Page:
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Hogan Lovells' Neal Katyal Secures Landmark Victory Before Supreme Court in MacLean Whistleblower Case

21 January 2015

WASHINGTON, D.C. 21 January 2014 – Hogan Lovells is pleased to announce that Appellate Practice Co-Head Neal Katyal secured a landmark victory before the Supreme Court for former federal air marshal Robert J. MacLean, a pro bono client. Appellate associate Austin Bonner assisted Katyal with the case. Katyal, who has argued 24 cases at the high court, gave his oral argument in the case in November, and quickly followed that over the next two months with two other arguments at the Court and second-seating partner Dominic Perella in his own Supreme Court debut.

In 2003, MacLean learned that the U.S. Department of Homeland Security (DHS) planned to remove air marshals from long distance flights despite an imminent hijacking threat. When DHS refused to correct the problem, MacLean turned to the media. DHS ultimately reversed itself after a congressional uproar, but the agency still fired MacLean. The Federal Circuit ruled that MacLean was eligible for federal whistleblower protections because his disclosure was not specifically prohibited by law. The Obama administration took the appeal to the Supreme Court, arguing that this ruling opened the door to leaks that threaten public safety and that the disclosure was prohibited by agency regulations.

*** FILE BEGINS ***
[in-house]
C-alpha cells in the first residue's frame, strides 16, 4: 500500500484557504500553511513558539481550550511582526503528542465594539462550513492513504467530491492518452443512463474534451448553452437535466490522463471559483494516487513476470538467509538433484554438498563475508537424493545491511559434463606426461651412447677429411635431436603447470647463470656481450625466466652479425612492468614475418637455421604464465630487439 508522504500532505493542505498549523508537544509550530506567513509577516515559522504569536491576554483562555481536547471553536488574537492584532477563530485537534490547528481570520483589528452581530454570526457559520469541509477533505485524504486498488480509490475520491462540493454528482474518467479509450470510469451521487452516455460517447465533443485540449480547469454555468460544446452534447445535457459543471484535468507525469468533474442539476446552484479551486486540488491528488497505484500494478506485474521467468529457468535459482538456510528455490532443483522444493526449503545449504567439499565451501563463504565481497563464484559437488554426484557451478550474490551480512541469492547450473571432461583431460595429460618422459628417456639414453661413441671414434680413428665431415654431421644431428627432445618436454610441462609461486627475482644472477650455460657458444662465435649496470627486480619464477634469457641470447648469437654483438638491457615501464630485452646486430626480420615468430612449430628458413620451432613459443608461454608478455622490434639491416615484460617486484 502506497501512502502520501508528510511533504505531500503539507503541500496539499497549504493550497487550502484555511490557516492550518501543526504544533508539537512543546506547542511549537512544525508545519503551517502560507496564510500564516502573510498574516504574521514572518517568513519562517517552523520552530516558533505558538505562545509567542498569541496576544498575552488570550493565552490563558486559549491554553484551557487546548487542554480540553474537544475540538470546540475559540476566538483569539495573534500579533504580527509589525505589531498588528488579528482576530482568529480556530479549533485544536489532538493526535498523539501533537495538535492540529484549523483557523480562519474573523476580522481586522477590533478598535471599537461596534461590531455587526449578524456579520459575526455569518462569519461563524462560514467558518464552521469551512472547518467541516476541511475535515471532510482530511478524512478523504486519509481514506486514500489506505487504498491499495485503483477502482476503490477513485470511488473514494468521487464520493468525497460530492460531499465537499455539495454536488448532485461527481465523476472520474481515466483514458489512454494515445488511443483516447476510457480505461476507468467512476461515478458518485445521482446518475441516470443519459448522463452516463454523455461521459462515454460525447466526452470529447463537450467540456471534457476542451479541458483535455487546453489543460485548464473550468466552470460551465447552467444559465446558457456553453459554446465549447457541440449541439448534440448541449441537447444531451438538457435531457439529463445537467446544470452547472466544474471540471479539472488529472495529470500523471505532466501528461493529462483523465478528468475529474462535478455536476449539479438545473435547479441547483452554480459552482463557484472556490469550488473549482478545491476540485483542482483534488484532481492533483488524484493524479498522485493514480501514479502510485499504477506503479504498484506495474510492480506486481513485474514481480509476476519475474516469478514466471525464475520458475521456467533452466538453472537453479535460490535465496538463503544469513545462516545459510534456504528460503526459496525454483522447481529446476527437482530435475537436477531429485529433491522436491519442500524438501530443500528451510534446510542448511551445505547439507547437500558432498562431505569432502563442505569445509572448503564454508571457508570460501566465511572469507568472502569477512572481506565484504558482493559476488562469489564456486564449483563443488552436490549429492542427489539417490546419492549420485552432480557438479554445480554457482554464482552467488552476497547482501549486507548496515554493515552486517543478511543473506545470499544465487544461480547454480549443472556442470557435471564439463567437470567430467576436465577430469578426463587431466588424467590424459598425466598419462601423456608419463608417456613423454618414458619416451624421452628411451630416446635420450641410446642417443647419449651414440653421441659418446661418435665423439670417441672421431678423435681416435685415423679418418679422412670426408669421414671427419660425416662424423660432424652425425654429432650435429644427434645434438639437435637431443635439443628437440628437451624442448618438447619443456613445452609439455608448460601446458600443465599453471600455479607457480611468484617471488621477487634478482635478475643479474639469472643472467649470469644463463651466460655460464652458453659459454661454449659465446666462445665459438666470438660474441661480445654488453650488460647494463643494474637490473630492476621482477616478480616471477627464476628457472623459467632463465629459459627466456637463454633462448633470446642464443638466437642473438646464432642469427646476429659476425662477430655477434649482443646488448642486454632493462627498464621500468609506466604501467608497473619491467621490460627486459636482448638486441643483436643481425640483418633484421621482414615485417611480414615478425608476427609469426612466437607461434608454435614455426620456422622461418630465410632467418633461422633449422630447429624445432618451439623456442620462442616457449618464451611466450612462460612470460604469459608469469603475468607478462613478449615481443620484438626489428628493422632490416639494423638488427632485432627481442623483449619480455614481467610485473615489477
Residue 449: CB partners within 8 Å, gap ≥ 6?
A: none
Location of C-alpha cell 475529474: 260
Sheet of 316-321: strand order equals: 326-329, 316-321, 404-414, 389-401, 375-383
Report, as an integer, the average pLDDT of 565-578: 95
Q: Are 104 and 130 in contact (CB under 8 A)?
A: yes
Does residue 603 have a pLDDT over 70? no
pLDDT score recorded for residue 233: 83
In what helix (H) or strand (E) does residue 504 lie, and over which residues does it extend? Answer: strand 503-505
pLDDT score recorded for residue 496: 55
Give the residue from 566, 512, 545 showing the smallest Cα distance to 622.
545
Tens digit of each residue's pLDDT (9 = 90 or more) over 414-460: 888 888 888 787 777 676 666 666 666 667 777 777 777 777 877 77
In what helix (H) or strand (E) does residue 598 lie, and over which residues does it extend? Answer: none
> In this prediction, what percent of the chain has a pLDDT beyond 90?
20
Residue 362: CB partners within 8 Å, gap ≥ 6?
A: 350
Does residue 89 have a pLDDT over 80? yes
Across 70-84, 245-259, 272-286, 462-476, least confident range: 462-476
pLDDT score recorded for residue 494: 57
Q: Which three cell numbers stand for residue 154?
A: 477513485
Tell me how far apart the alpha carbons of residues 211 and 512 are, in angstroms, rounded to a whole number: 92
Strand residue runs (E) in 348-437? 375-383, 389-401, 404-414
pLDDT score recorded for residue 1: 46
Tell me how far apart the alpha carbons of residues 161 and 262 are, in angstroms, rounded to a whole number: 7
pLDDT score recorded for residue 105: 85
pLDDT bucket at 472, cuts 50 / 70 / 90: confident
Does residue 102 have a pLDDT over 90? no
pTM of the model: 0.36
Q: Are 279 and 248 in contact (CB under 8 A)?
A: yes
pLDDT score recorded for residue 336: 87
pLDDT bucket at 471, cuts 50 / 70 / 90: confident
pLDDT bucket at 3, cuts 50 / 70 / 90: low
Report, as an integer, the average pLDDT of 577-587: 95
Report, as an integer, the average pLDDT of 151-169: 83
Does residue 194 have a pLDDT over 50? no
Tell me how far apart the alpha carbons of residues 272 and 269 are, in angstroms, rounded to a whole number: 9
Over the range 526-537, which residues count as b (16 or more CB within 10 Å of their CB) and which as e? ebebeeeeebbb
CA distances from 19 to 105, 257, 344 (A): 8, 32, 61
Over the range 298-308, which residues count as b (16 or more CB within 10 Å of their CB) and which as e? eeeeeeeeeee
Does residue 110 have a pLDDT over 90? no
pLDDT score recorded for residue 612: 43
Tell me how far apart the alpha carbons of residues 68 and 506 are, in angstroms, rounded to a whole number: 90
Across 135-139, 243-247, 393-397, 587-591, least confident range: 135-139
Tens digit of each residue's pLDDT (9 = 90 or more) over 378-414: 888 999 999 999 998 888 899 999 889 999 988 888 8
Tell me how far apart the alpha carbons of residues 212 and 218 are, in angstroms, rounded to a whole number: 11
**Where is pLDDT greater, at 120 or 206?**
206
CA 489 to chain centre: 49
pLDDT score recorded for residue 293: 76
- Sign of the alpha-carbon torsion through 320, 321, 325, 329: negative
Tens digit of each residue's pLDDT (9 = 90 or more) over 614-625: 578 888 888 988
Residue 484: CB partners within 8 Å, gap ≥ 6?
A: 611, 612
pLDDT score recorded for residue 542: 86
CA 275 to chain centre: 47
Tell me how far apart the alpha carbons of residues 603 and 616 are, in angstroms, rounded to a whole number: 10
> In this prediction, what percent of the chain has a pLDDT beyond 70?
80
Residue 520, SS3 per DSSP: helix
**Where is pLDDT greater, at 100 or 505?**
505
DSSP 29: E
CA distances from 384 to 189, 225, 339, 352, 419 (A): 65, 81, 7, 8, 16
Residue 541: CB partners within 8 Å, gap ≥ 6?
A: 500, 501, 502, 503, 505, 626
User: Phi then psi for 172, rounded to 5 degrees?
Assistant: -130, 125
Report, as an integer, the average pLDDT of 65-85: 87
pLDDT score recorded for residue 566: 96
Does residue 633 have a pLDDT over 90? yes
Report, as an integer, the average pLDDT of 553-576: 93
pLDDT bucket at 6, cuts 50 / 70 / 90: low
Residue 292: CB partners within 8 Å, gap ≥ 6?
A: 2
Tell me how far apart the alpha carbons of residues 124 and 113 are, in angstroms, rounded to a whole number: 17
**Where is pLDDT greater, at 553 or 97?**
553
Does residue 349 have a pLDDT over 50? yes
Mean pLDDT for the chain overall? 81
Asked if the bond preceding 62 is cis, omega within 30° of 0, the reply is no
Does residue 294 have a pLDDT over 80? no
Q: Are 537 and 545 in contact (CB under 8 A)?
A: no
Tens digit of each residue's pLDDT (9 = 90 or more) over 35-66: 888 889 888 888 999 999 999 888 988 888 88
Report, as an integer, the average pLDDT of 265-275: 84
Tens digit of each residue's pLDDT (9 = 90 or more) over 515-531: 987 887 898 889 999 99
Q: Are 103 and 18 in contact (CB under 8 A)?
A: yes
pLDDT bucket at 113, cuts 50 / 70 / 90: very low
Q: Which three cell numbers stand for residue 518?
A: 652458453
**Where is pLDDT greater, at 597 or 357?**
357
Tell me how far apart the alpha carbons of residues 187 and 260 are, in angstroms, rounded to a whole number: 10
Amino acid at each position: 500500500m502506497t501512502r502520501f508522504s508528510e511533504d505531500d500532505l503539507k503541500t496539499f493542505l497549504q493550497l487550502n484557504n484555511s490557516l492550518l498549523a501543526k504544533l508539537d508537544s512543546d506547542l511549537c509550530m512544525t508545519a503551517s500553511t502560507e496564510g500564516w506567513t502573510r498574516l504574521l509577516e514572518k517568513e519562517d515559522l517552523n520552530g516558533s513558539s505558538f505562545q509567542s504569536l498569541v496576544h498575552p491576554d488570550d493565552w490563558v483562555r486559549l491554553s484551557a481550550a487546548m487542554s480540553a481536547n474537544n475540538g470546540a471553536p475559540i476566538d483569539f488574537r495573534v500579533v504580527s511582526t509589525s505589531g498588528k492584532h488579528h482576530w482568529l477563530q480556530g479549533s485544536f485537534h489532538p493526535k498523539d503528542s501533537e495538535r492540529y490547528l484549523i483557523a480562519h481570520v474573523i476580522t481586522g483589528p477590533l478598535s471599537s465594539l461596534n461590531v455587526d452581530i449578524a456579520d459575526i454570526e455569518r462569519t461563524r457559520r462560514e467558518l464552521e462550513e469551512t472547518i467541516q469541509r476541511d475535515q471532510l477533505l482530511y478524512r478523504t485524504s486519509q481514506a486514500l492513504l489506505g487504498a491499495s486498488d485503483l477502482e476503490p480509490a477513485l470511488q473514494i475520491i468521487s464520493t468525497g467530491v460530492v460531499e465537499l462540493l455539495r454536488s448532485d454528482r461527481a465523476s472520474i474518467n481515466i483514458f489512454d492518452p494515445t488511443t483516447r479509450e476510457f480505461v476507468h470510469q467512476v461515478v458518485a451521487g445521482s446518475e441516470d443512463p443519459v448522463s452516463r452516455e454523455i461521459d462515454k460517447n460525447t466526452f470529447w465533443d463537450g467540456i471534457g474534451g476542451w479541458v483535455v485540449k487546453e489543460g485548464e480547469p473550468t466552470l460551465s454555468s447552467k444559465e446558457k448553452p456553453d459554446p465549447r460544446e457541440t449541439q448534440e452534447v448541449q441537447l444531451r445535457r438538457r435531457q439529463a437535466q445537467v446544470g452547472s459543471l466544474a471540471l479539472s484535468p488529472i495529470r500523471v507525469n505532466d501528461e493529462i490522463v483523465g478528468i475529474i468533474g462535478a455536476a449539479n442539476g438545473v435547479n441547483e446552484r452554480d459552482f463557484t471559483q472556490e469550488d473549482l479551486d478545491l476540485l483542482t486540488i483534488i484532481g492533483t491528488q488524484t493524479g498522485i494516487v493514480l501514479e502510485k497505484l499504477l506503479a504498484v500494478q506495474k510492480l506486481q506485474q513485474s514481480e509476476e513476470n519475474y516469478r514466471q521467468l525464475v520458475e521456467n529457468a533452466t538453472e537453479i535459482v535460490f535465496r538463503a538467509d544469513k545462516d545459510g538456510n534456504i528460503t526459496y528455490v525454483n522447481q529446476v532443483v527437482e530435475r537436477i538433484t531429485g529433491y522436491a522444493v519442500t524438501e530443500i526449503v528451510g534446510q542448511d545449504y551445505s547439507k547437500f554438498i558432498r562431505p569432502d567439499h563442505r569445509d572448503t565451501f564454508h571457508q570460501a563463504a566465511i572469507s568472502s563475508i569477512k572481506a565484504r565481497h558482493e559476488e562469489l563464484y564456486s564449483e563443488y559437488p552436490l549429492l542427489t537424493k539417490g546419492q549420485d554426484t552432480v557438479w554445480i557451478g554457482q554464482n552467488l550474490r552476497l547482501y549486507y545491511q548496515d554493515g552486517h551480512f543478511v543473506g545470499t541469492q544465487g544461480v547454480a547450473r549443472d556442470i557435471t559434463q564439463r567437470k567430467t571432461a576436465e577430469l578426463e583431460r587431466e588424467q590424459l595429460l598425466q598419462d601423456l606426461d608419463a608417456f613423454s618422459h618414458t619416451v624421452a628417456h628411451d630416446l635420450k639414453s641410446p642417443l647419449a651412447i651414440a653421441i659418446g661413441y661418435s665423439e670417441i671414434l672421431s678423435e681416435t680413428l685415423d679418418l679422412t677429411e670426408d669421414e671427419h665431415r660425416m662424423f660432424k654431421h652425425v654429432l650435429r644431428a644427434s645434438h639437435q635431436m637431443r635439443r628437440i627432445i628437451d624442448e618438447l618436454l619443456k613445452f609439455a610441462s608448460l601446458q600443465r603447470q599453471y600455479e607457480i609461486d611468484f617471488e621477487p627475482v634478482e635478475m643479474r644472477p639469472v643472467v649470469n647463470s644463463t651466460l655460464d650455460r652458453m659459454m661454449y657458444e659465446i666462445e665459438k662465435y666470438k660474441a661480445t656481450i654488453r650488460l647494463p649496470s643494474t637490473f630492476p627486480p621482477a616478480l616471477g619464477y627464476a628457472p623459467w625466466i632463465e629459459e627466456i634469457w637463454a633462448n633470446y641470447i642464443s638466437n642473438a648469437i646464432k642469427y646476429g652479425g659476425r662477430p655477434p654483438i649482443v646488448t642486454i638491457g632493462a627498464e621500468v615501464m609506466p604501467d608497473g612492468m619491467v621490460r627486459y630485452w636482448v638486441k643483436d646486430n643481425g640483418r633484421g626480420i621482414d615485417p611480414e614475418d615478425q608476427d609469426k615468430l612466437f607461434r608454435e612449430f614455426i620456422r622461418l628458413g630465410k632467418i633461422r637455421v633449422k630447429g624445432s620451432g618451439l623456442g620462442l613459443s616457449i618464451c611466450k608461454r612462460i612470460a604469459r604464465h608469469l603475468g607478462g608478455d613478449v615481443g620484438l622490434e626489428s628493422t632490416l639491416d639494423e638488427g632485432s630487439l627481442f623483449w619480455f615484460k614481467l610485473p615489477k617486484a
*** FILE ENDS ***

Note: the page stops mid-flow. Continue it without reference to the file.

This 7-2 decision marked a rare victory for government whistleblowers. Chief Justice Roberts, writing for the majority, reaffirmed the common sense idea that agencies should not be able to write regulations to exempt themselves from the Whistleblower Protection Act.

“Today’s decision is an important victory for whistleblowers everywhere, and of course in particular for Robert MacLean. More than that, it’s a victory for all Americans, who depend on federal employees to warn them of bureaucratic errors that endanger our security,” said Katyal. “The Court reaffirmed the common sense idea that agencies cannot hide their mistakes by regulating their way to try to evade the Whistleblower Protection Act. Today’s decision ensures that the Whistleblower Act will continue to stand as an important bulwark against government abuse.”

 
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